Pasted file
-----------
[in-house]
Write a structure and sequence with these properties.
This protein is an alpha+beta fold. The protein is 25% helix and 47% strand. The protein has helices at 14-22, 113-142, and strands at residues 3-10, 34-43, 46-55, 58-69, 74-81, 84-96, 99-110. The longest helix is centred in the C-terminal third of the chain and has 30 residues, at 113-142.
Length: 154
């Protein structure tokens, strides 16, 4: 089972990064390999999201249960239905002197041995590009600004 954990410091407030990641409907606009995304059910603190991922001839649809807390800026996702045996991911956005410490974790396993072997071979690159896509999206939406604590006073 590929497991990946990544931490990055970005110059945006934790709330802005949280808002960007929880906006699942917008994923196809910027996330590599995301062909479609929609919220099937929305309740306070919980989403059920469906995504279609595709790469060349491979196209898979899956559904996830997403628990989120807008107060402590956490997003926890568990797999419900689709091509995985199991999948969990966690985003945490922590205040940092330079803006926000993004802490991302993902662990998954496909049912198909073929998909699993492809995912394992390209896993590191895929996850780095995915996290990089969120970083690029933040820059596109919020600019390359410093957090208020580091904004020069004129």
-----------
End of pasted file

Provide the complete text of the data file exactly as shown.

[in-house]
Write a structure and sequence with these properties.
This protein is an alpha+beta fold. The protein is 25% helix and 47% strand. The protein has helices at 14-22, 113-142, and strands at residues 3-10, 34-43, 46-55, 58-69, 74-81, 84-96, 99-110. The longest helix is centred in the C-terminal third of the chain and has 30 residues, at 113-142.
Length: 154
């Protein structure tokens, strides 16, 4: 089972990064390999999201249960239905002197041995590009600004 954990410091407030990641409907606009995304059910603190991922001839649809807390800026996702045996991911956005410490974790396993072997071979690159896509999206939406604590006073 590929497991990946990544931490990055970005110059945006934790709330802005949280808002960007929880906006699942917008994923196809910027996330590599995301062909479609929609919220099937929305309740306070919980989403059920469906995504279609595709790469060349491979196209898979899956559904996830997403628990989120807008107060402590956490997003926890568990797999419900689709091509995985199991999948969990966690985003945490922590205040940092330079803006926000993004802490991302993902662990998954496909049912198909073929998909699993492809995912394992390209896993590191895929996850780095995915996290990089969120970083690029933040820059596109919020600019390359410093957090208020580091904004020069004129």